What is with the PC thing of “BCE”? The article was interesting, but it was like you were trying hard to say “BCE” and “CE” to where you were overcompensating. Let B.C. be B.C. and A.D. be A.D. America tried to change it, it didn’t stick. Reminds me of trying to change standard/english to metric. Sure, it makes sense, but we will keep doing what we do and no harm/no foul.

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  8. Jim -  February 20, 2014 - 12:44 pm

    Great info, as always. But let’s get rid of that idiotic BCE garbage. It’s BC. No, I’m not a very religious person, but for centuries we’ve used Before Christ as a kind of marker for historical times. There’s no good reason at all to change this. It doesn’t matter if you’re an atheist, a Muslim, Catholic, whatever, this BCE is politically correct garbage. Jesus was a real and very important historical person, no matter what your religion or lack of. “BCE”…sounds like some childish fool thought that up just so one or two out there won’t get their nose bent out of joint.

    Reply
  9. anonymous -  February 19, 2014 - 2:28 pm

    @wolf tamer and coal miner
    The games are in Sochi, and as for you bob, it’s with a ch.

    @H112233
    I agree. This year, they are also making the largest and thickest medals ever (10 cm wide and 1 cm thick). The gold medals weigh slightly more than the silver and bronze, mainly because of the gold plating.

    Also, wolf tamer and coal miner, are you at iron ore yet?

    Reply
  10. 777forgold -  February 18, 2014 - 10:01 pm

    GOLD is for: goldfish on long doors
    SILVER is for: soup in long vases every round
    BRONZE is for: big red oval neon zebra elephants
    GSB is for: gold sucks badly
    SBG is for:silver beats gold
    BGS is for: bronze gives shivers
    So out of these 3,I would say the best prize but most scary is bronze.
    SOCHI:See ozone clearly here, indoors?
    OLYMPICS:Oh…loopy,yucky,milky poison is carried somewhere
    SEEYA:submitting everyone’s every yellow award
    777:a young virus.

    Reply
  11. Big Bucks Back Then -  February 17, 2014 - 5:49 pm

    While ancient Olympic winners were only given laurel wreaths at the ceremonies, wealthy merchants often presented them with massive amphoras (ceramic containers) of olive oil. The capacity of a single terra cotta amphora held approximately US1,000 worth of oil. Some individual Olympic champions received as many as one hundred amphoras (or “amphorae”), which they then sold. Aristophanes probably was well aware of all this commercialism, but it didn’t fit into his play.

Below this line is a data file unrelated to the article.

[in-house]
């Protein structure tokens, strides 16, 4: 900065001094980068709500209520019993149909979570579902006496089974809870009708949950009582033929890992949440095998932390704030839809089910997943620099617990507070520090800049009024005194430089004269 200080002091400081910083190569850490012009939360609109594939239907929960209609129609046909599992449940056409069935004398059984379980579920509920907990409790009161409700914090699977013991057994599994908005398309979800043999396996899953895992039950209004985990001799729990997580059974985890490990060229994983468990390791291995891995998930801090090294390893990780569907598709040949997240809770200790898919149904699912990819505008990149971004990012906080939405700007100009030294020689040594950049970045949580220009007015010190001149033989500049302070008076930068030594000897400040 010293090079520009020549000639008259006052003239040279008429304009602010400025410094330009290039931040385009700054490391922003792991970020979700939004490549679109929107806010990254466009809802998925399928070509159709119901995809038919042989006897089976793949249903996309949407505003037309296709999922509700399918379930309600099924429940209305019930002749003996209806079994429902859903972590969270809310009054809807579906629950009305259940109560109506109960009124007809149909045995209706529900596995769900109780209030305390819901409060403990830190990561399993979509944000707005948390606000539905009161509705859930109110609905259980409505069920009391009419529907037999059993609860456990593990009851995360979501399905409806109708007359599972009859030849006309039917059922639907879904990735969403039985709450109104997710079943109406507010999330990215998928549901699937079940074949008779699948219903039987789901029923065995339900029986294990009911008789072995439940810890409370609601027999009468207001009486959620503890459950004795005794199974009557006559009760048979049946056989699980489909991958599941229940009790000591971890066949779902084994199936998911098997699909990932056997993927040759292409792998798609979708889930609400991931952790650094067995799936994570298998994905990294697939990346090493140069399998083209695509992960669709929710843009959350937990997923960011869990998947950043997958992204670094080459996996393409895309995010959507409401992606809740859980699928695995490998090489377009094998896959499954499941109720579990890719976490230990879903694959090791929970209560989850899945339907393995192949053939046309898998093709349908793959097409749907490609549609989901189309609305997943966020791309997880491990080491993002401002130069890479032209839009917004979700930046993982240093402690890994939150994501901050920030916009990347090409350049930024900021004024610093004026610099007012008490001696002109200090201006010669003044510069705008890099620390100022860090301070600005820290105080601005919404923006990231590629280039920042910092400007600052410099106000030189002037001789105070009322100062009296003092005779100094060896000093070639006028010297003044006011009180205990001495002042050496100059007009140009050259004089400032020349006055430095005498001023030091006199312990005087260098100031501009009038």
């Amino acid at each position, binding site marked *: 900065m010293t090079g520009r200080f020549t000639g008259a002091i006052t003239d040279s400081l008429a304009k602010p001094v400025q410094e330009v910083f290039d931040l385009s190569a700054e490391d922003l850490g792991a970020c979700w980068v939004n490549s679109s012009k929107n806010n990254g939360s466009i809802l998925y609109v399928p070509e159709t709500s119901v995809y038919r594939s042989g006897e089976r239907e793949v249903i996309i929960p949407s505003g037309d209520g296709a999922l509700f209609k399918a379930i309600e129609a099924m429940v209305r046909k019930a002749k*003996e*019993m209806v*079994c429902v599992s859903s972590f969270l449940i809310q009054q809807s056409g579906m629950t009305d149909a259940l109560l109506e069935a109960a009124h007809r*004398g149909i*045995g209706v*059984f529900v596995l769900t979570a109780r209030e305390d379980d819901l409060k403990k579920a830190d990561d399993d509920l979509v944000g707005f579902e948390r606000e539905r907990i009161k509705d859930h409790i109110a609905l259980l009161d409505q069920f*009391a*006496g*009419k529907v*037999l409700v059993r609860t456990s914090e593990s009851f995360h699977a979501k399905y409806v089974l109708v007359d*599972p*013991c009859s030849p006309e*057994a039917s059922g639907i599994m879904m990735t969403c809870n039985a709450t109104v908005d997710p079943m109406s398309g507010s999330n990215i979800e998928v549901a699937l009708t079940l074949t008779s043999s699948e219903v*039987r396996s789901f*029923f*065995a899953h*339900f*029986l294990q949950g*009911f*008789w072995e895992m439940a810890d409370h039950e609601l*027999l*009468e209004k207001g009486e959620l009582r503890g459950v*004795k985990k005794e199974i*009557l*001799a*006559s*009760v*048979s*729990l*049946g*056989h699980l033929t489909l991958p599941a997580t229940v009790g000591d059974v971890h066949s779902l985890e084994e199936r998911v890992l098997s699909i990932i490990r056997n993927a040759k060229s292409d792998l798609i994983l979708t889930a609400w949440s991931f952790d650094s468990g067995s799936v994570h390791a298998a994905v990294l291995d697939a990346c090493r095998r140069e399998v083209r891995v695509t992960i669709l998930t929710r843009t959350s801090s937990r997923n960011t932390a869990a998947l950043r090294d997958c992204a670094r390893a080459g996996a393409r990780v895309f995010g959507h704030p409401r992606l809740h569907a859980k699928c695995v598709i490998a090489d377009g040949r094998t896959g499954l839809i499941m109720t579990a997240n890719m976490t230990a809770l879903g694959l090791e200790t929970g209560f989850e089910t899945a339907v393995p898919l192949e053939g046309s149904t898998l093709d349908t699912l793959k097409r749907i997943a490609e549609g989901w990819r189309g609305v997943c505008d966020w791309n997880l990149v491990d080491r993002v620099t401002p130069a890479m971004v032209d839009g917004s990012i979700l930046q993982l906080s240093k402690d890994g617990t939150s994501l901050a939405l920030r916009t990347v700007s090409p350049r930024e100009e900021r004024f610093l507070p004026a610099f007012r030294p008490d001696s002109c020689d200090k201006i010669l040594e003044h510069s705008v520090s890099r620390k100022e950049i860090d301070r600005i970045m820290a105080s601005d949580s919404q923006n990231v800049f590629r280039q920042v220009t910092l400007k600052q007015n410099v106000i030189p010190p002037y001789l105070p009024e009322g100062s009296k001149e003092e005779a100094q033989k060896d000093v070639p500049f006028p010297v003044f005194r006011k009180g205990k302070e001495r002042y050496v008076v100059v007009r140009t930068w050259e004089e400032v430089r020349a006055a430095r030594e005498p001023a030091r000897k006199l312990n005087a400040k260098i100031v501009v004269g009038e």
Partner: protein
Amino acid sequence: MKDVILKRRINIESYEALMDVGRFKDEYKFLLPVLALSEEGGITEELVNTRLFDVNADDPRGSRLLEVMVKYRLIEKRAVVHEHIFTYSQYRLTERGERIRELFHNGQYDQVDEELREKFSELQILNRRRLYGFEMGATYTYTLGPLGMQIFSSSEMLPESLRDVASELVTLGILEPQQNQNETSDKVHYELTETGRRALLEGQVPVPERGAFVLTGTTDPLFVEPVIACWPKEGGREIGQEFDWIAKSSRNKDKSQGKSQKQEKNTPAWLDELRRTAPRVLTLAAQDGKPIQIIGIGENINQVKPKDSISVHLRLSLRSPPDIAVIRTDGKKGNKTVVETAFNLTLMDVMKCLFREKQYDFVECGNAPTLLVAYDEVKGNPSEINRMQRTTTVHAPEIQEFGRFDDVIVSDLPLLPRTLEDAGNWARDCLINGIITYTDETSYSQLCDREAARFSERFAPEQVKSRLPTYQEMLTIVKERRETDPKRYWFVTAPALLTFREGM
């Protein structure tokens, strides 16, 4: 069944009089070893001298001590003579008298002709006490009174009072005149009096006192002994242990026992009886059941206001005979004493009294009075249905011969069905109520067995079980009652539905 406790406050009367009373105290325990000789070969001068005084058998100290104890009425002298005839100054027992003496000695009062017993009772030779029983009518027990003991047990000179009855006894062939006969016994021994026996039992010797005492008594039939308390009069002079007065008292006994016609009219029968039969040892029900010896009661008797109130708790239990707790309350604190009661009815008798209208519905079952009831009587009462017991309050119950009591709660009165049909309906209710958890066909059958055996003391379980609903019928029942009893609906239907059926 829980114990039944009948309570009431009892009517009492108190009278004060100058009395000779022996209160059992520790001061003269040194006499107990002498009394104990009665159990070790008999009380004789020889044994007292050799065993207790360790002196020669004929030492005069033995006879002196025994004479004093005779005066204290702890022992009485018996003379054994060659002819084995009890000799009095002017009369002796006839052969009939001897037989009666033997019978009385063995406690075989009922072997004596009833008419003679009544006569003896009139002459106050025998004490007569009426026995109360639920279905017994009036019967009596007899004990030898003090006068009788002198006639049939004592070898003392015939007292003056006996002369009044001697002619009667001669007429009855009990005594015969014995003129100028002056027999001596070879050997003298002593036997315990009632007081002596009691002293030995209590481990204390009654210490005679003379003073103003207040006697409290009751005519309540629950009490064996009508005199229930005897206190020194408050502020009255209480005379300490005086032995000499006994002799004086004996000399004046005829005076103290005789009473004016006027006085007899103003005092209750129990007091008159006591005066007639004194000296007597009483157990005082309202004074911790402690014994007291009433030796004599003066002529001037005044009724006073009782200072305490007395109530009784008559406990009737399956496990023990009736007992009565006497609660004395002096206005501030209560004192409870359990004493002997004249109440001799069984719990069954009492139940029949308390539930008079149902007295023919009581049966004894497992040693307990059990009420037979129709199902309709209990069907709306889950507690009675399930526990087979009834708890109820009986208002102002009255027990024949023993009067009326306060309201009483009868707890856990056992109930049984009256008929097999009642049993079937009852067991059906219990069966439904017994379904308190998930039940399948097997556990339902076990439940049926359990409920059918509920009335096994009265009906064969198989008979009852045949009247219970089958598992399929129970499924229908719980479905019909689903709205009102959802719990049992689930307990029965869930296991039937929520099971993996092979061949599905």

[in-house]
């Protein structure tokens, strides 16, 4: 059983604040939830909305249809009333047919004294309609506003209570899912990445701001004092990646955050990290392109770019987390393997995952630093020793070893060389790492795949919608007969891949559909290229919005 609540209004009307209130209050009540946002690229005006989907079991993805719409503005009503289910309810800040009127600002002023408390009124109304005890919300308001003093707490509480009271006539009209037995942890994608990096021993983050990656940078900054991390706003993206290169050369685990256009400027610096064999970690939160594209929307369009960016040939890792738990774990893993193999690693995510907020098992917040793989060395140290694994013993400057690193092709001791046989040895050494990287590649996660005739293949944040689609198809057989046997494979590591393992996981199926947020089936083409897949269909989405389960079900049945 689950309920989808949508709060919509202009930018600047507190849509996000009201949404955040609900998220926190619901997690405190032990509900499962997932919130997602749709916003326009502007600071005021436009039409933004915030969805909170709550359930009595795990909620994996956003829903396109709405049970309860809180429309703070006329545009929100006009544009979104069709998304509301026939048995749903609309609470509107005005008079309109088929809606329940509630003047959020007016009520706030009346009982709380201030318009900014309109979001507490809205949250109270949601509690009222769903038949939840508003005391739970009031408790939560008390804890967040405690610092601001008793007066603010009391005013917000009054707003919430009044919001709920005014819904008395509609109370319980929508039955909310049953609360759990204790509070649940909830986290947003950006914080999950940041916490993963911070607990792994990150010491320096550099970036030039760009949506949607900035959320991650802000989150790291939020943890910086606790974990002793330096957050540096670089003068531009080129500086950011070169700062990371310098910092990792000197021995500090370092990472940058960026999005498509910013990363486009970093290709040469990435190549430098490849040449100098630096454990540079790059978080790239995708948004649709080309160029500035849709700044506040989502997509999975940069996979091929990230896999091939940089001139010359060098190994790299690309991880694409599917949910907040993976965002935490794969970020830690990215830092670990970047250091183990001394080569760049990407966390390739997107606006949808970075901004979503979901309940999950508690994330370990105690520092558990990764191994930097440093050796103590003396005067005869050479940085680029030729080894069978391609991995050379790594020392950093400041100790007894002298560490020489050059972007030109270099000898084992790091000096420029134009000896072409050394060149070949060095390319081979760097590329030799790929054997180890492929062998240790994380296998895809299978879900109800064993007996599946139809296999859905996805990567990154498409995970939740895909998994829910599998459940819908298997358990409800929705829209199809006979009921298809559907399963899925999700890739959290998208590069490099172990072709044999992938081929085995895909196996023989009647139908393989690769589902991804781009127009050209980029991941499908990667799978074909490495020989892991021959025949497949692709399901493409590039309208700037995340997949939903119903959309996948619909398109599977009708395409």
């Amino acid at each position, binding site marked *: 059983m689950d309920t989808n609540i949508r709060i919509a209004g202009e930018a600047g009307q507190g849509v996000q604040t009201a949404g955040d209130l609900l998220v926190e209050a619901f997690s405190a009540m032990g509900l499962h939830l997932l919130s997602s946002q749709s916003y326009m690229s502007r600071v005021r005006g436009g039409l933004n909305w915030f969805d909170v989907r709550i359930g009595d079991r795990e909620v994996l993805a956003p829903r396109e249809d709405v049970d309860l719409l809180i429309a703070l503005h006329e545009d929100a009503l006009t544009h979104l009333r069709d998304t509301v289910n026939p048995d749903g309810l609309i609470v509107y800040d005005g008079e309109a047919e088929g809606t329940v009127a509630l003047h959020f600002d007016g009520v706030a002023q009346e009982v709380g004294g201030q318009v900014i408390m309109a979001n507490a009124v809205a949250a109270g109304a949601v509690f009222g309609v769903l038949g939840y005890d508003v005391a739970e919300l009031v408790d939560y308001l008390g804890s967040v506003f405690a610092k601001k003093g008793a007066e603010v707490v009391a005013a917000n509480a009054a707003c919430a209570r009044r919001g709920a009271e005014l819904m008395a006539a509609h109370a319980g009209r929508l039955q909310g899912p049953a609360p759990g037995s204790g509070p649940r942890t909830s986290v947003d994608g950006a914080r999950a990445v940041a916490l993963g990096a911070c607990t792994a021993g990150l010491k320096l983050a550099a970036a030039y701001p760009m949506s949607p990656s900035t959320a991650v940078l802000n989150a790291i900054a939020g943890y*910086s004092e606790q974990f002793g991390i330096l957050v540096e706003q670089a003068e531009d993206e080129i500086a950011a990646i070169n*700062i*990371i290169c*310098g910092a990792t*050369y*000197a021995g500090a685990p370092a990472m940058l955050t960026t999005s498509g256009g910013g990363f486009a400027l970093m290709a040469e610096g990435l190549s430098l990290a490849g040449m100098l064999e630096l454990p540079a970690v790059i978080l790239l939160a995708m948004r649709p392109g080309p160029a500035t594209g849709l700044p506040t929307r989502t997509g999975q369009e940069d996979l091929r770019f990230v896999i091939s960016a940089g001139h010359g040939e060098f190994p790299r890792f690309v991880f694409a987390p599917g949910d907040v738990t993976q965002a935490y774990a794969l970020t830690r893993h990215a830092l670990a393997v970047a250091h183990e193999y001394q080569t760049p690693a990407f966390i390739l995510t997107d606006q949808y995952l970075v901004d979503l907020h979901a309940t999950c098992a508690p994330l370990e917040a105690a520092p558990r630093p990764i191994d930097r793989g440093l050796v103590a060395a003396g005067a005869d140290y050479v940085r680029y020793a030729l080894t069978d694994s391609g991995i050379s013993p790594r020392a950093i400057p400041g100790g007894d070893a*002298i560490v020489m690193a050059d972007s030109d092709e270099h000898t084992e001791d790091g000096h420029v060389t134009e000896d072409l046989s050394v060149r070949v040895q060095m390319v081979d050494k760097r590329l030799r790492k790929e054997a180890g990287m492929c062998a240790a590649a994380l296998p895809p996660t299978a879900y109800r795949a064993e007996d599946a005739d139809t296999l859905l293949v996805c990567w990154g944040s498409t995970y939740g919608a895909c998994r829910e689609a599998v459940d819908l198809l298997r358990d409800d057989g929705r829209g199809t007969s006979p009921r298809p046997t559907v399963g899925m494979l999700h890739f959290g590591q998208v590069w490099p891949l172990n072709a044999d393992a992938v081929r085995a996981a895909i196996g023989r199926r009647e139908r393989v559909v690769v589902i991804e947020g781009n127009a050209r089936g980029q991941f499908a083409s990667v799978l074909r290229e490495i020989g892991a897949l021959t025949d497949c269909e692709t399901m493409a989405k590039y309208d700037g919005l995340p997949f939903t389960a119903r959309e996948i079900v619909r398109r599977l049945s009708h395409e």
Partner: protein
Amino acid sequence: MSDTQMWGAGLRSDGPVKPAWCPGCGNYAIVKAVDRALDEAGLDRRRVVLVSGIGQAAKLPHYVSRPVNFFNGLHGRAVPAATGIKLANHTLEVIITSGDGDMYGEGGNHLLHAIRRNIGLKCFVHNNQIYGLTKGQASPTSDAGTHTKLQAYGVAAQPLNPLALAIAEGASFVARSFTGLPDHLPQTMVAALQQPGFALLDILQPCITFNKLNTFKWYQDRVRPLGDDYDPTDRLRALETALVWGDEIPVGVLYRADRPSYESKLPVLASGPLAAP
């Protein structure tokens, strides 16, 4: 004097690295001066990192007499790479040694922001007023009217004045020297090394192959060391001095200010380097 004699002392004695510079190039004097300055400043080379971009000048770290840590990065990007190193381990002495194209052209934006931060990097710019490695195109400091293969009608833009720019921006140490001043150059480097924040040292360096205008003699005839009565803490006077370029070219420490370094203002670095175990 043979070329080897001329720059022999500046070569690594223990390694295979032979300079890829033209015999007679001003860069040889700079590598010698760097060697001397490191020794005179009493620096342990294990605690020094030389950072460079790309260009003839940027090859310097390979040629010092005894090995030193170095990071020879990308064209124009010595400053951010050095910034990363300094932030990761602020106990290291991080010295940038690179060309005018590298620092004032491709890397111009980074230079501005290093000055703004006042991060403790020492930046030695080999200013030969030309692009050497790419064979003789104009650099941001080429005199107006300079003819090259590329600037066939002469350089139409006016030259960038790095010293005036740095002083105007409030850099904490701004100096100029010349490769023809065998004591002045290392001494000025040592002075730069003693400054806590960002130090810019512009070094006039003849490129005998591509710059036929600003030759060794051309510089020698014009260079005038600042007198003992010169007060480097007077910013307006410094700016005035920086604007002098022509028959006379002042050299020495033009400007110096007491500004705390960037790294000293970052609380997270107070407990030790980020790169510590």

Reply
  12. bob -  February 17, 2014 - 5:06 pm

    olymics- soji

    Reply
  13. bob -  February 17, 2014 - 5:06 pm

    the winter Olympic games are being held in Soji Russia

    Reply
  14. mr magoo -  February 16, 2014 - 4:07 pm

    they could start giving them something else

    bronze > a lot of candy
    silver > yeartime supply of klondike bars
    gold> lifetime supply of sausage gravy

    Reply
  15. H112233 -  February 6, 2014 - 7:36 pm

    If you guys make a big deal that the “gold medals” have more silver than gold, think of it this way:
    We can’t keep our natural resources forever. Soon, silver will be gone, then what? If gold medals were completely gold, boy would they be expensive. If the the medals have silver in them, what’s wrong with silver? It’s pretty.

    Reply
  16. Much Wenlock -  February 4, 2014 - 12:59 pm

    What about The Wenlock Olympian Games? Widely regarded as the forerunner to the modern olympic movement, even serving as the inspiration for it.

    “Baron Pierre de Coubertin visited the Olympian Society in 1890, which held a special festival in his honour. He was inspired by Dr Brookes and went on to establish the International Olympic Committee.”
    http://en.wikipedia.org/wiki/Wenlock_Olympian_Games

    “On his return to France, Coubertin gave a glowing account of his stay in an article, “Les Jeux Olympiques à Much Wenlock”, and referred to his host’s efforts to revive the Olympics. He wrote : “If the Olympic Games that Modern Greece has not yet been able to revive still survives there today, it is due, not to a Greek, but to Dr W P Brookes”. Although Coubertin later sought to downplay Brookes’s influence, he corresponded with him for several years and sent him a golden medal (made of silver) in 1891 to be presented to the winner of the Tilting Competition.”
    http://en.wikipedia.org/wiki/William_Penny_Brookes

    Reply
  17. wolf tamer and coal miner -  February 4, 2014 - 12:47 am

    1st comment! :)

    The Winter Games are this year, right? Can anyone tell me where they’re being held?

    Hmmm…less gold in a gold medal than I thought. I wonder what Aristophanes would say if he knew Olympic winners won gold medals today? ;)

    Ms. Solomon, I believe you meant “a precious _metal_,” not “a precious _medal_.” Not to be a Grammar Nazi, but this is a dictionary, after all! ;)

    Reply